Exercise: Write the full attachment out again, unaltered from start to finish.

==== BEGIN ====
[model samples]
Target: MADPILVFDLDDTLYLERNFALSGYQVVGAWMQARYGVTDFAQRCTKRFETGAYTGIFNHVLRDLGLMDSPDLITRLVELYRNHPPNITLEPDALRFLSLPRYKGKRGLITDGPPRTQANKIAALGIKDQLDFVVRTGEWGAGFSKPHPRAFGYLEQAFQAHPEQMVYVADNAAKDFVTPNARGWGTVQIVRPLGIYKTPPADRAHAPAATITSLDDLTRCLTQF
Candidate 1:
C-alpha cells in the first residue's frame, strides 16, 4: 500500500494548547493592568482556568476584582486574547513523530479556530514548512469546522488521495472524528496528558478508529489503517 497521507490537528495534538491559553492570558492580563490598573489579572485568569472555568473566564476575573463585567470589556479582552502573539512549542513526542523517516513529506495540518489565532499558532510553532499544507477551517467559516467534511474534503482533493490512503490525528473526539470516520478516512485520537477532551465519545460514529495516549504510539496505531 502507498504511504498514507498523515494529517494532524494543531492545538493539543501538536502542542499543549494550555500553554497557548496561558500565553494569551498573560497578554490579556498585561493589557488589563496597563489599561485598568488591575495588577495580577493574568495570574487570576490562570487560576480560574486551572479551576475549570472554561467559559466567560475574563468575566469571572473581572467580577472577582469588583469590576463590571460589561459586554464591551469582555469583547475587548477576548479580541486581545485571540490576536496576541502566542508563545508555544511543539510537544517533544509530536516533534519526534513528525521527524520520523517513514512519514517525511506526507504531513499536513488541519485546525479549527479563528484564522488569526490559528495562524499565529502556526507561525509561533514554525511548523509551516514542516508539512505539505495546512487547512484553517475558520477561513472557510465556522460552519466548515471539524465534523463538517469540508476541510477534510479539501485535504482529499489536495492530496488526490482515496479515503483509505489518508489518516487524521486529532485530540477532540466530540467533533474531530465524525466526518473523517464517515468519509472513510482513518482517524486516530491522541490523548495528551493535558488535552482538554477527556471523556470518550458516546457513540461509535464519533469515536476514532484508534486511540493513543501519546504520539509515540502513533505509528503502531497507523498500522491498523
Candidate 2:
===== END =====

[model samples]
Target: MADPILVFDLDDTLYLERNFALSGYQVVGAWMQARYGVTDFAQRCTKRFETGAYTGIFNHVLRDLGLMDSPDLITRLVELYRNHPPNITLEPDALRFLSLPRYKGKRGLITDGPPRTQANKIAALGIKDQLDFVVRTGEWGAGFSKPHPRAFGYLEQAFQAHPEQMVYVADNAAKDFVTPNARGWGTVQIVRPLGIYKTPPADRAHAPAATITSLDDLTRCLTQF
Candidate 1:
C-alpha cells in the first residue's frame, strides 16, 4: 500500500494548547493592568482556568476584582486574547513523530479556530514548512469546522488521495472524528496528558478508529489503517 497521507490537528495534538491559553492570558492580563490598573489579572485568569472555568473566564476575573463585567470589556479582552502573539512549542513526542523517516513529506495540518489565532499558532510553532499544507477551517467559516467534511474534503482533493490512503490525528473526539470516520478516512485520537477532551465519545460514529495516549504510539496505531 502507498504511504498514507498523515494529517494532524494543531492545538493539543501538536502542542499543549494550555500553554497557548496561558500565553494569551498573560497578554490579556498585561493589557488589563496597563489599561485598568488591575495588577495580577493574568495570574487570576490562570487560576480560574486551572479551576475549570472554561467559559466567560475574563468575566469571572473581572467580577472577582469588583469590576463590571460589561459586554464591551469582555469583547475587548477576548479580541486581545485571540490576536496576541502566542508563545508555544511543539510537544517533544509530536516533534519526534513528525521527524520520523517513514512519514517525511506526507504531513499536513488541519485546525479549527479563528484564522488569526490559528495562524499565529502556526507561525509561533514554525511548523509551516514542516508539512505539505495546512487547512484553517475558520477561513472557510465556522460552519466548515471539524465534523463538517469540508476541510477534510479539501485535504482529499489536495492530496488526490482515496479515503483509505489518508489518516487524521486529532485530540477532540466530540467533533474531530465524525466526518473523517464517515468519509472513510482513518482517524486516530491522541490523548495528551493535558488535552482538554477527556471523556470518550458516546457513540461509535464519533469515536476514532484508534486511540493513543501519546504520539509515540502513533505509528503502531497507523498500522491498523
Candidate 2: